The third step - sewing it all together wasn't easier in any way. Not once and not ten times I sew a hem, it was skew, got to rip everything out and sew one more time because if you will make a mistake at one place it will ruin other honeycombs and the length of hexagons' sides. The work of bees looked so simple and easy on TV. My making processes never are just a simple walk in the park. But truth to be told the actual making sounds most of the time even easier than it really was. I think that my problem with projects is that I end up with too complicated, with a lot of little steps, corrections and new ideas along the way, works. I can try to blame it all on the complexity, that it manages magically find me. But it's opposite, it's nobody else but me who finds or makes difficult works. Obviously I just love to search for a problem where there can be none and always find one. But one thing I understand now that's what defines and completes me. Doing mundane tasks? No, stepping on the same rake over and over again and doing a lot of mundane tasks. Like with the black chair. Other person would just take a big piece of (p)leather, refurnish the chair, repaint legs - and done. Me? No, I need a cover looking like it is prepared to perform as bees' hive. On the bright side it could have been worse, I could have made combs a little smaller. But even if I sound that I'm unhappy with my tendencies to be carried away with particularity, lots of work, but it is a part of me as a creator of things even if it's not easy to embrace it more instead of sighing and feeling flabbergasted and comparing myself with others.

No wonder that most of the time I'm afraid to count real hours how long it took me from start to finish, but as you can see I've finished. And I don't care that you have to take pleasure in the journey not only in the end point (destination), but what an unbelievable feeling to finish something what you've started and have a proud moment that what is in front of you at this moment couldn't be more better. I'm not doubting that here I become very subjective about my own work, I think I like one or the other thing which I do even more just because it had so much sweat of mine and that despite all obstacles and hesitation, despite the anti pep talk in my head I managed to follow it through. Hip Hip, for awesome Me!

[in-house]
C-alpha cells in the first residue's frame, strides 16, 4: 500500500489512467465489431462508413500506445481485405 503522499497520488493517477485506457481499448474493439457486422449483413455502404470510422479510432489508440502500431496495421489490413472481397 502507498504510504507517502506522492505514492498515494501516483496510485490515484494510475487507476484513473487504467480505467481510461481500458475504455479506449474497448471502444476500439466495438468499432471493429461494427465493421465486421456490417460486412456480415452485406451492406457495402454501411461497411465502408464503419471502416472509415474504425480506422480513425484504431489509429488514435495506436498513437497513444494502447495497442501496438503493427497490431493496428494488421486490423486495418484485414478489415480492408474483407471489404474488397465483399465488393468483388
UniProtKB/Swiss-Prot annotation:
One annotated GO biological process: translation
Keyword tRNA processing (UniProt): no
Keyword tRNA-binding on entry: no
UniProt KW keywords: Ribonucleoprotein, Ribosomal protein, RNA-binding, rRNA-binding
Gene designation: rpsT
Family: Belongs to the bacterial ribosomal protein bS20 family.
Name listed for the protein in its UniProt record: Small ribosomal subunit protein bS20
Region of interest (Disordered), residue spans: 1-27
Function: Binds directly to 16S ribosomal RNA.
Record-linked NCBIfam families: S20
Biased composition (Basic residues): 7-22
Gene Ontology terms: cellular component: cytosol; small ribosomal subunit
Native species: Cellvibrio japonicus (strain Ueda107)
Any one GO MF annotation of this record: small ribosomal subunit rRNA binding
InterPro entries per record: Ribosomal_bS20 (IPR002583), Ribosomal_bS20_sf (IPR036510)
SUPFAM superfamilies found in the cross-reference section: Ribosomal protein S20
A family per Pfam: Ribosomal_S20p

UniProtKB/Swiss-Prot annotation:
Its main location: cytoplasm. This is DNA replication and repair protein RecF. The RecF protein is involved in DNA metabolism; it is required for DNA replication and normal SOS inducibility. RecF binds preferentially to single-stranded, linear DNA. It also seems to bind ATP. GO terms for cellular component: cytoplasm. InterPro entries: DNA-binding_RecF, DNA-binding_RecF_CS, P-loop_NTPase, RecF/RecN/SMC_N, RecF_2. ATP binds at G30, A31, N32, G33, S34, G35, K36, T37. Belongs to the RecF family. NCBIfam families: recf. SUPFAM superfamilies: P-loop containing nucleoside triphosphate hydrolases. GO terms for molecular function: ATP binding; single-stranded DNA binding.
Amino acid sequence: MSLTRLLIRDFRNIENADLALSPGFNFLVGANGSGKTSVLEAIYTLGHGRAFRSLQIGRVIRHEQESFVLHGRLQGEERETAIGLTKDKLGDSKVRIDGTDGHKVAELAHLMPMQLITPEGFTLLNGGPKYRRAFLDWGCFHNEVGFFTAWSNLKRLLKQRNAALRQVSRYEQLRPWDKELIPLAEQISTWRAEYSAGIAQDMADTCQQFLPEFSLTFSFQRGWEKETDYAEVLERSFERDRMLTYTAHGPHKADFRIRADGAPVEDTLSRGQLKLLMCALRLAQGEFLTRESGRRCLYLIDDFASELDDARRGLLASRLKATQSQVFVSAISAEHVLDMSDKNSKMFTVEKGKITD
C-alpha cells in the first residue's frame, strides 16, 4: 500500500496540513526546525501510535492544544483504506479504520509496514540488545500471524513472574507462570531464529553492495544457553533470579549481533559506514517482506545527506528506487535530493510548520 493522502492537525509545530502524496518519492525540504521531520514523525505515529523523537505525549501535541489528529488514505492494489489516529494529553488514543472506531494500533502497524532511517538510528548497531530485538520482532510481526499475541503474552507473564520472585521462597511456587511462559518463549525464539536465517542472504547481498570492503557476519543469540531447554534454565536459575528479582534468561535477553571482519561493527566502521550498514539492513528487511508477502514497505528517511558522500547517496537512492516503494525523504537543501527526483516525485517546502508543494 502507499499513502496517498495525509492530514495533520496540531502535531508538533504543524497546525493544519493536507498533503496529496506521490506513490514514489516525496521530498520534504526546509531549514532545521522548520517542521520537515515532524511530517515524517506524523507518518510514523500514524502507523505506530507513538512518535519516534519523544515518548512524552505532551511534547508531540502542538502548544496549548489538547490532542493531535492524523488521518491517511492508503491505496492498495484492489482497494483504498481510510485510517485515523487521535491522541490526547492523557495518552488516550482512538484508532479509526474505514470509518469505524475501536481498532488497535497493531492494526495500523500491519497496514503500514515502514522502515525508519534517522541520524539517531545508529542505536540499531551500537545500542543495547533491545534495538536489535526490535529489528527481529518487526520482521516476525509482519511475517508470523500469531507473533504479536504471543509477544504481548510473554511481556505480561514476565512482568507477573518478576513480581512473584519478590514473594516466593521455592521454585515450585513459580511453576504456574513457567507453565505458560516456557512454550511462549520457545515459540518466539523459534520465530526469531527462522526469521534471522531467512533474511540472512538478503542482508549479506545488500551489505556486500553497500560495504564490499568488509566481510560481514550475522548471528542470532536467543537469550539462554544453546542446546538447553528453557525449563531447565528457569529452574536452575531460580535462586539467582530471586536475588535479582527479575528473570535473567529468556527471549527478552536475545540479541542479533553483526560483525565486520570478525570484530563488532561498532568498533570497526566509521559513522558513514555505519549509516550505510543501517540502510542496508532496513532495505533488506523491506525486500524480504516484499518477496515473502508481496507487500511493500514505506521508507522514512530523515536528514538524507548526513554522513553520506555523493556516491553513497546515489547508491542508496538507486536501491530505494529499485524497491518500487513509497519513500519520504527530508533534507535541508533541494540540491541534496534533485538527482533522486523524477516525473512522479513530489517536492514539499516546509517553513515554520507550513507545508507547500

That what there was about the actual making process. But what about the color black. I mentioned that there is some love-hate flying around this color from my part. And in the first paragraph I wanted to write series of questions, but then changed my mind and made some cutting and pasting at the end. Because nobody fishes for attention without a rod or a net and these questions felt a bit like fishing with bare hands:
'Do you like color black? The pitch dark nights? Ravens? Black holes? Depression? Ninjas? 85 % dark chocolate? Black car in the middle of a hot and sunny day? Double espresso? Mournings? Flies? Dark circles under your eyes after several sleepless nights? Black lingerie? A dark mark on your cheek? Black eyeliner?...Me too...'. 

It was followed by more text: 
'...Honestly, I've always been in weird relationship with this color. It blends you into the background hand in hand competing with grey. Even after 5 years I still remember unexpected pleasure I found in writing emails to a total stranger and one particular line in his letter '...they were so grey that nobody could see them in front of a grey wall or on the pavement tiles'. Although this line wasn't literally about the color and more a metaphor for human beings who are that boring and indistinguishable (and more importantly afraid to stand out) from the grey mass, that their monotonous surroundings are more noticeable than themselves. Grey ninjas. I always loved this line in it's literal or illiterate meaning. Black never have been my favorite and even by default as a woman I probably should have a notion enforced by huge number of magazines that this is the most amazing color of all, and I have to like it just only it visually slims you down, and is cool, and someone somewhere said 'black is new black' having in mind finesse, sophistication and high class. But truthfully black always felt a bit like nothingness, sometimes not even a color. Or maybe dead color. It stood as lines separating other colors and stealing the light from them...'. 
It was a good day for fishing.